[Cooking with Her Excellency, Poland] A filling dish that’s ‘every Pole’s favorite’

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[Cooking with Her Excellency, Poland] A filling dish that’s ‘every Pole’s favorite’


Zofia Majka, wife of the Polish ambassador to Korea, serves a traditional home meal consisting of zrazy at the Grand InterContinental Seoul Parnas in southern Seoul. [PARK SANG-MOON]

It was 2011 when Zofia Majka first flew to Korea, accompanying her husband, the Polish ambassador, to his new post on the opposite side of the globe. Landing in a country with a different culture and lifestyle, Majka recalls being blown away by the city’s landscape, especially the endless rows of skyscrapers. But to her luck, there was one thing her home country and Korea had in common.

“Kimchi is quite similar to the Polish sauerkraut,” Majka said. “It incorporates many different types of spices, which leads to a variety of tastes.

“I actually bought a set of kimchi jars to take with me to Poland.”

Q. Why did you choose zrazy for today’s main dish?

A. It is every Polish family’s favorite dish and often served during special occasions. It isn’t too difficult to learn how to prepare, and only after a couple of tries, anyone can master it. Zrazy also includes almost all the ingredients popular among Poles: meat, vegetables and potato.


Chef Kang Yeon-sook, left, and Majka display a plate of tofu gimbap.[PARK SANG-MOON]

By cooking this special meal, I wanted to show the difference between Korean and Polish cuisine, which is a result of different climates and traditions. In Poland, potato crops are very common and are the key ingredient in most Polish dishes, similar to rice in Korea. When cooked properly, potatoes are very nutritious and healthy. They are also easy to store during the winter.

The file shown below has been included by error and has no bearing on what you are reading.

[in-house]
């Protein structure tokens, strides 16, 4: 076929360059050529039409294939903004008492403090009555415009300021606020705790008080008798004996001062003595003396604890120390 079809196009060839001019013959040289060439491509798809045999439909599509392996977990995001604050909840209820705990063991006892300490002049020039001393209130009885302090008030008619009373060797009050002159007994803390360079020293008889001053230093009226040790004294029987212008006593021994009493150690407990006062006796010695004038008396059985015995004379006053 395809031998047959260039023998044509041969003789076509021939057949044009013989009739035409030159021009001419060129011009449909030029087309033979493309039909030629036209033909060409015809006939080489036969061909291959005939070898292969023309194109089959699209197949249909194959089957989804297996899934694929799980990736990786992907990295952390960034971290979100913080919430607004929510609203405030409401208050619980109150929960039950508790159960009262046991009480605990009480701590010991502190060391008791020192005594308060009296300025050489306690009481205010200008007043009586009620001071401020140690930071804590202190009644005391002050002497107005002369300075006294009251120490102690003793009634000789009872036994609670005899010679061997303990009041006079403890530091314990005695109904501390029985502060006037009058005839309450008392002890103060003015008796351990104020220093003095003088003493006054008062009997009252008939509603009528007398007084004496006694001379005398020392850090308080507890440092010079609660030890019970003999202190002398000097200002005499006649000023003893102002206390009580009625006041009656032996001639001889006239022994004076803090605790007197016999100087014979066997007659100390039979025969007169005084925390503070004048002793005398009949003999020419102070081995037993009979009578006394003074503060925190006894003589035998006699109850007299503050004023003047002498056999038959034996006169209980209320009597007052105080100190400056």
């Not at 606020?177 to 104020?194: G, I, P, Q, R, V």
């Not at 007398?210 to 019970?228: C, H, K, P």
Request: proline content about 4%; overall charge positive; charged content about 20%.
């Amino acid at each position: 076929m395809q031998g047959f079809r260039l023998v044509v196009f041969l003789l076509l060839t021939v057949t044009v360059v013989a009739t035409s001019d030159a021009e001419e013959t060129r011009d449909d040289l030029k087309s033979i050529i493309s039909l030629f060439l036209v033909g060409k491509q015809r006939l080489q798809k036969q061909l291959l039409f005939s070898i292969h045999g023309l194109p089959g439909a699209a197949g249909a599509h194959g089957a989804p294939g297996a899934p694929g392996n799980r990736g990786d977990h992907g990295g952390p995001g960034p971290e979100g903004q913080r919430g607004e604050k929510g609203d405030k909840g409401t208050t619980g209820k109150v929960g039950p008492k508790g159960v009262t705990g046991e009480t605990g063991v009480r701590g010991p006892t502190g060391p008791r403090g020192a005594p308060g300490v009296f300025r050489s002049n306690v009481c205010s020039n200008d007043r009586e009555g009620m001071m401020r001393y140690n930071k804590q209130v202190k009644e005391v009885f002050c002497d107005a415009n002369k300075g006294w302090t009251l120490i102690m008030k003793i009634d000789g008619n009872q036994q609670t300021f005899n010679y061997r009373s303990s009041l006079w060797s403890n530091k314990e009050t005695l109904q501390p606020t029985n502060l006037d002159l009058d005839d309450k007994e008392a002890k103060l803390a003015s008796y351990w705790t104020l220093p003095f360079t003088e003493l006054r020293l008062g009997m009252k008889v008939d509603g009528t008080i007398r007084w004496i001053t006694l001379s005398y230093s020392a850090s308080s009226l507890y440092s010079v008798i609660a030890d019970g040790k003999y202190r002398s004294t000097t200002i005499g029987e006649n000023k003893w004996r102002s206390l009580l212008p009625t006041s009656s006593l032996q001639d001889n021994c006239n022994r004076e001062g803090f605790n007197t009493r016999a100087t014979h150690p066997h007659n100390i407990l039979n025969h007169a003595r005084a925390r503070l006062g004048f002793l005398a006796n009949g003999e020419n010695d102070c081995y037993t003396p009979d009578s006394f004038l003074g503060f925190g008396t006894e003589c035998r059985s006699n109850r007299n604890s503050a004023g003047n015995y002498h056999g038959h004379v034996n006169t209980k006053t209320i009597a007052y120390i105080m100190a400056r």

What Korean aspects can you find in zrazy?

Polish and Korean cuisine have many commonalities. Polish dishes, just like Korean ones, are prepared using very little salt and lots of herbs and vegetables. Rather than being deep-fried or fried over a long time, vegetables are steamed.

Another common feature is the use of ingredients that undergo fermentation processes, like pickled cucumbers, tomatoes and mushrooms.


Zrazy (beef roulade in sour cream)

Please describe Polish cuisine.

Polish cuisine is very famous for its variety of tasty food grains, such as buckwheat. It usually accompanies meat, just like rice does in Korea. Polish buckwheat is really worth a try. Although it is not so popular outside of Poland, it is very tasty and healthy.

For centuries, Polish cuisine was rich in game, poultry, pork, beef and fish - especially freshwater fish. Some cold snacks are also noteworthy, like those made out of herring.

The specialties of regional cuisine are something not to be missed. They are extremely diverse due to different agricultural conditions, customs and traditions, with each region offering a unique selection of tasty homemade products and food. For example, there are cheesecakes made out of yeasty dough mixed with poppy seeds, and oscypki, smoked cheese made out of sheep milk. Oscypki, or oscypek, is a protected trade name under the European Union’s Protected Designation of Origin (PDO). [According to the European Commission, PDO covers agricultural products and foodstuffs which are produced, processed and prepared in a given geographical area using recognized know-how.]

Some unique dishes are made for special holidays like Easter and Christmas. Poles know how to make excellent desserts, including poppy seed cakes.

What ingredients from Polish cuisine are hard to find, and where can you source them?

When it comes to the main Polish dishes, there are no problems obtaining the key ingredients, including the various sorts of meat, potato and vegetables. All of these products can be purchased at Costco.

What are the best restaurants in Seoul serving Polish cuisine or a similar one?


Dubu gimbap (tofu, rice and vegetables wrapped in seaweed)